The role of ultrasonography in the imaging of body packers comparison with CT: a prospective study

Cengel F., Bulakci M., Selcuk T., Savas Y., Ceyhan M., Kocak A., ...More

Abdominal Imaging, vol.40, no.7, pp.2143-2151, 2015 (SCI-Expanded) identifier identifier

  • Publication Type: Article / Article
  • Volume: 40 Issue: 7
  • Publication Date: 2015
  • Doi Number: 10.1007/s00261-015-0430-z
  • Journal Name: Abdominal Imaging
  • Journal Indexes: Science Citation Index Expanded (SCI-EXPANDED), Scopus
  • Page Numbers: pp.2143-2151
  • Keywords: Abdominal ultrasound, Body packing, Computed tomography, Drug smuggling
  • Istanbul Gelisim University Affiliated: No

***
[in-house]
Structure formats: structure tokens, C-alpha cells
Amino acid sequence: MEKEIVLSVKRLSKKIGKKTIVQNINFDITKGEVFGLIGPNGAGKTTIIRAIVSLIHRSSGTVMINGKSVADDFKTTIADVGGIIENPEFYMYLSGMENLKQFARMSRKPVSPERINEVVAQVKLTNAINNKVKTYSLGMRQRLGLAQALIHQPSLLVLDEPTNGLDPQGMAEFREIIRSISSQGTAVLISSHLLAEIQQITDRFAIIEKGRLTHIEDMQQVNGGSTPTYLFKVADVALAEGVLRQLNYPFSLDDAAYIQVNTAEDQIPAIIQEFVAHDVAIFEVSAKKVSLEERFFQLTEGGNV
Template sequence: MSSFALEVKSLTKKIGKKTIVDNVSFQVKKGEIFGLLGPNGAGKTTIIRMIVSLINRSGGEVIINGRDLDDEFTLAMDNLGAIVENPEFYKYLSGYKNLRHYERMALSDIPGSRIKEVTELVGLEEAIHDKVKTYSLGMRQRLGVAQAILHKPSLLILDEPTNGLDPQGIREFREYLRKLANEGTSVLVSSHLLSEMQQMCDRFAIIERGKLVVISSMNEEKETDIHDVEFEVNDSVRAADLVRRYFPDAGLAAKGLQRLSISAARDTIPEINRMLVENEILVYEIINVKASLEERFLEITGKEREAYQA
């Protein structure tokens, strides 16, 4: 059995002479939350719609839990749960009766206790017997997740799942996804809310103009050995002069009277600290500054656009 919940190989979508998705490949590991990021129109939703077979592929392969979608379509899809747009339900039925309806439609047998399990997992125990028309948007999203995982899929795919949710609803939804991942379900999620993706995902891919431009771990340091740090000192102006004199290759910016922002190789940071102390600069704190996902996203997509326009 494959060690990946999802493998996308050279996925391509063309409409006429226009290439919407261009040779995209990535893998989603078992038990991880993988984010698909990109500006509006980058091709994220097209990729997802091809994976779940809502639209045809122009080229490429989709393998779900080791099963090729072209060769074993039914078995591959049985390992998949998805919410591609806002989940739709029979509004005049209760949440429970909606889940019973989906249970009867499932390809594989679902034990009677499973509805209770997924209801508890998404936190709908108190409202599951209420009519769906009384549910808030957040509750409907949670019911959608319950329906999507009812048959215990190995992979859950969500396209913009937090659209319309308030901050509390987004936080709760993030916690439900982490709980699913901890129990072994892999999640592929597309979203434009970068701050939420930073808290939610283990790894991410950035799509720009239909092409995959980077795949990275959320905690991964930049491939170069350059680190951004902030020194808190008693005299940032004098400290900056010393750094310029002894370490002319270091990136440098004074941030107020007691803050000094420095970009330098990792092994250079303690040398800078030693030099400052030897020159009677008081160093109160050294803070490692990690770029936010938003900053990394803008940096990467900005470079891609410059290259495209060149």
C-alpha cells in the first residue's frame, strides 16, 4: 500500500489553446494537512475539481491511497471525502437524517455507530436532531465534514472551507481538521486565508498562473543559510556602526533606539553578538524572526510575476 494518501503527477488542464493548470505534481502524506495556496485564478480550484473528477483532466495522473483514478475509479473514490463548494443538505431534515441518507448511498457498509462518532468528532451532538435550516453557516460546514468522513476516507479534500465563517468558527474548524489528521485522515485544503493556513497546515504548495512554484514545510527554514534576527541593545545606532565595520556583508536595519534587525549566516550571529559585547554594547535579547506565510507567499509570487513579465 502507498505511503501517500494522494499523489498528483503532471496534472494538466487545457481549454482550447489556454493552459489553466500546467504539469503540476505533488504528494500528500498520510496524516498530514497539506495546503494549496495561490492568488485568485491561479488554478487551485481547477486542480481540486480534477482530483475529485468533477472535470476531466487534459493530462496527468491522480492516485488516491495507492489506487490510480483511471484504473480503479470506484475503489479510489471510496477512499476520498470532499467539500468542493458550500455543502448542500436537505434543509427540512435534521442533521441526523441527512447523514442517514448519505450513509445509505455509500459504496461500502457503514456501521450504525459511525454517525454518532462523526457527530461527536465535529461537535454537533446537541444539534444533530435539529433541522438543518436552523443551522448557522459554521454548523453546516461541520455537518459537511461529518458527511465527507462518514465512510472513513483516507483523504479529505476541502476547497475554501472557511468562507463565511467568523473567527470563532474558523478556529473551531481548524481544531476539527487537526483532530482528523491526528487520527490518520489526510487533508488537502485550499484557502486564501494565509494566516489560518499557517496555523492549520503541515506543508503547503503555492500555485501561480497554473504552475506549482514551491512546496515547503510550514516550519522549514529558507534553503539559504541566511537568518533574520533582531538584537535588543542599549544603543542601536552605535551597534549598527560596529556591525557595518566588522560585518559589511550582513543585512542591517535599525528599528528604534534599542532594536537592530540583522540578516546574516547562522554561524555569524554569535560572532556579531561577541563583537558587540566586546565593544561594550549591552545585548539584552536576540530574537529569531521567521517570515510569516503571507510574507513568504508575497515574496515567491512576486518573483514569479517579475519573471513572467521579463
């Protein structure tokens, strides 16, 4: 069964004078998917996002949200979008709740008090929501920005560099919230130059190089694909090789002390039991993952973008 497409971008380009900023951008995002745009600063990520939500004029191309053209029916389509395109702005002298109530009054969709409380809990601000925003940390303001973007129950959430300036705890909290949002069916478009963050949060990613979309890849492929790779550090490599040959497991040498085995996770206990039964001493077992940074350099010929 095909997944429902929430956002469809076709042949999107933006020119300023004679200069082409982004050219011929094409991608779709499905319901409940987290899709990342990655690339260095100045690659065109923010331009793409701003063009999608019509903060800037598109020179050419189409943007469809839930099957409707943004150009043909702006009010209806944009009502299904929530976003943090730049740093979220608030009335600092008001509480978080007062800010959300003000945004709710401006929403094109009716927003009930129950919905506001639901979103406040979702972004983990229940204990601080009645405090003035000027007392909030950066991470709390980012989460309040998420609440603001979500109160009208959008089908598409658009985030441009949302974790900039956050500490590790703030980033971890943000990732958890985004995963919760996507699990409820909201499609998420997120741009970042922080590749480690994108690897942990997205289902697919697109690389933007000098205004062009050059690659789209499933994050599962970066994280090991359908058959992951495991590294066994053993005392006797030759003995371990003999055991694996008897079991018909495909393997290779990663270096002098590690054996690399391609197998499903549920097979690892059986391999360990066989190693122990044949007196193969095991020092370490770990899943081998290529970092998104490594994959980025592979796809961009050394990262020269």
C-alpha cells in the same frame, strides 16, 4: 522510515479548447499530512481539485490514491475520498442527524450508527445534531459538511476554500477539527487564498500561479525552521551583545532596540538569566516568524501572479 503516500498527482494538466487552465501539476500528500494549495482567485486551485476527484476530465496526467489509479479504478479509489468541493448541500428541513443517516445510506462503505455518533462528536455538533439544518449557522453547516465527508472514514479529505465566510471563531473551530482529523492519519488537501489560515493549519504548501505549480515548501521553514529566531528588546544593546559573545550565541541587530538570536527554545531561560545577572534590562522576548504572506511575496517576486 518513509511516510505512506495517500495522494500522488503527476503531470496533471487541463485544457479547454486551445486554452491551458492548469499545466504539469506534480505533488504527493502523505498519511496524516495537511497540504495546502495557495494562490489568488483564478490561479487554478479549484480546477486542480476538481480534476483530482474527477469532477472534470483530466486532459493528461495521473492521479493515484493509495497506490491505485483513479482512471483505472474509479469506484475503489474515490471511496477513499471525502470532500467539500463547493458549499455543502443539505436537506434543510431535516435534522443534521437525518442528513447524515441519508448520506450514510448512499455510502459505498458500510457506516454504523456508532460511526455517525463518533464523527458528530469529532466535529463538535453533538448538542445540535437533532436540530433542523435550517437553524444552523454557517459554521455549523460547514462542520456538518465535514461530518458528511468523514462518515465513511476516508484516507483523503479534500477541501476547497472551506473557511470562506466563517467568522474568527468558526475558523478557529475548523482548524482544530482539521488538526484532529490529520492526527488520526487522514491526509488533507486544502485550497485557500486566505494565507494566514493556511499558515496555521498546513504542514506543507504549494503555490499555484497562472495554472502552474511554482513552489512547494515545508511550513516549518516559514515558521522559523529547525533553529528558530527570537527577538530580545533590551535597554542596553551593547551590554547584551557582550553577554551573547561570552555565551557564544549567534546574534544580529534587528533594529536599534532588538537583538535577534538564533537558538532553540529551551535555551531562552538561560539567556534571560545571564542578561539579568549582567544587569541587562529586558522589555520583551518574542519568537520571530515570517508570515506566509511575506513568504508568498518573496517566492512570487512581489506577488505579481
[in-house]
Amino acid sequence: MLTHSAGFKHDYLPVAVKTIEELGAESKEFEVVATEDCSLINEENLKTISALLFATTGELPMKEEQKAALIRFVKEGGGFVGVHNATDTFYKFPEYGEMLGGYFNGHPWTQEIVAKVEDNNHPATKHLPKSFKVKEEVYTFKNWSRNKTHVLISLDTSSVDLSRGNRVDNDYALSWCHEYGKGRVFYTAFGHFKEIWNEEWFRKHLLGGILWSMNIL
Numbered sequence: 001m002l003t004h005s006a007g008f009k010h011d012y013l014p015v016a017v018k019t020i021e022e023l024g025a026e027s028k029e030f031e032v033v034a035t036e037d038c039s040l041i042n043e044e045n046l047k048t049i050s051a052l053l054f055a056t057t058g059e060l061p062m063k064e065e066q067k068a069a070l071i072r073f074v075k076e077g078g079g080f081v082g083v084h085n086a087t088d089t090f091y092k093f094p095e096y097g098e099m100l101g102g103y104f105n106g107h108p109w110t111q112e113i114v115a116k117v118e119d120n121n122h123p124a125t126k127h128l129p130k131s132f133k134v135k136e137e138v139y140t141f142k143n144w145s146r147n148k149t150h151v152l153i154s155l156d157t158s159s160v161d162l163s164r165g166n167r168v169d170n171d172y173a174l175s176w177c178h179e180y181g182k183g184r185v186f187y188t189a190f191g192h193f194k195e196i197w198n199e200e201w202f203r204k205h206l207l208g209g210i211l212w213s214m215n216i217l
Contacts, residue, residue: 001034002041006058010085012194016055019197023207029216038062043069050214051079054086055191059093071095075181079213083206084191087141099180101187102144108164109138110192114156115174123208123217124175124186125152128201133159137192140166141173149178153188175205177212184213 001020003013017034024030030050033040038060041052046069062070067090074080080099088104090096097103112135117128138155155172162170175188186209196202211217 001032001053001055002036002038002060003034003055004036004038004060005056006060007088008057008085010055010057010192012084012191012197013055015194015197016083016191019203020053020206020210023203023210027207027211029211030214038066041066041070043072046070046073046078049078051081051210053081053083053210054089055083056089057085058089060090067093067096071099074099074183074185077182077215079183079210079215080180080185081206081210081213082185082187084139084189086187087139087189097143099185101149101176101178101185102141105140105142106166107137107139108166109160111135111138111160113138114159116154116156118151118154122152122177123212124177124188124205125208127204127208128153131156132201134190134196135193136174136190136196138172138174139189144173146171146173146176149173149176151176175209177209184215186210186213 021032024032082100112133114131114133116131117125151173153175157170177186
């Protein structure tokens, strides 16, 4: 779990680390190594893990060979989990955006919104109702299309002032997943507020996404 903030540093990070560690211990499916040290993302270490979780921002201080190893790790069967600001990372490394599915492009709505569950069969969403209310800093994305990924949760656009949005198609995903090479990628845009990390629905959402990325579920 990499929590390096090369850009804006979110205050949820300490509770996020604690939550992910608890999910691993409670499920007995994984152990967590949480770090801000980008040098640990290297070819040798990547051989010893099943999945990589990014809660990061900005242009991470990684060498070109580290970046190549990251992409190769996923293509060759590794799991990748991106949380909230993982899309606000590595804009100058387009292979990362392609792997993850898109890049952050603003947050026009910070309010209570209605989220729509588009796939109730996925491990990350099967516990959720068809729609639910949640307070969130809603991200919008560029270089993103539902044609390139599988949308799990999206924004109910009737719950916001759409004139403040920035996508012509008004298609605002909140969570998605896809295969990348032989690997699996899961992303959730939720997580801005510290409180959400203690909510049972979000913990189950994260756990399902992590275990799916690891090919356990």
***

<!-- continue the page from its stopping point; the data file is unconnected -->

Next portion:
© 2015, Springer Science+Business Media New York.Purpose: This study investigated the sonographic properties of drug packets containing narcotic drugs and the diagnostic role of ultrasonography in detecting body packing in comparison with CT. Methods: Forty-five suspects admitted to our hospital for diagnosis and management were routinely evaluated by non-contrast CT for the presence of drug packets. A single radiologist blind to CT data independently performed the abdominal ultrasonographic scans. Results: Thirty-five of 45 suspects were carrying packets. In positive cases, two types of packets with different properties were noted. Twenty-eight cases had type 1 packets (solid form drug) and 7 had type 2 packets (liquid form cocaine). The sensitivity, specificity, positive, and negative predictive values of ultrasonography for detecting drug packets were 91%, 70%, 91%, and 70%, respectively. Ultrasonography accurately determined the presence or absence of packs in 39 of 45 suspects. Conclusion: Ultrasonography was found to have a high sensitivity but a low specificity in suspected cases. A negative ultrasonography cannot rule out the diagnosis of body packing. However, it may be preferred as the initial imaging method or for follow-up of suspected cases as a radiation-free, easy-to-use, and inexpensive technique.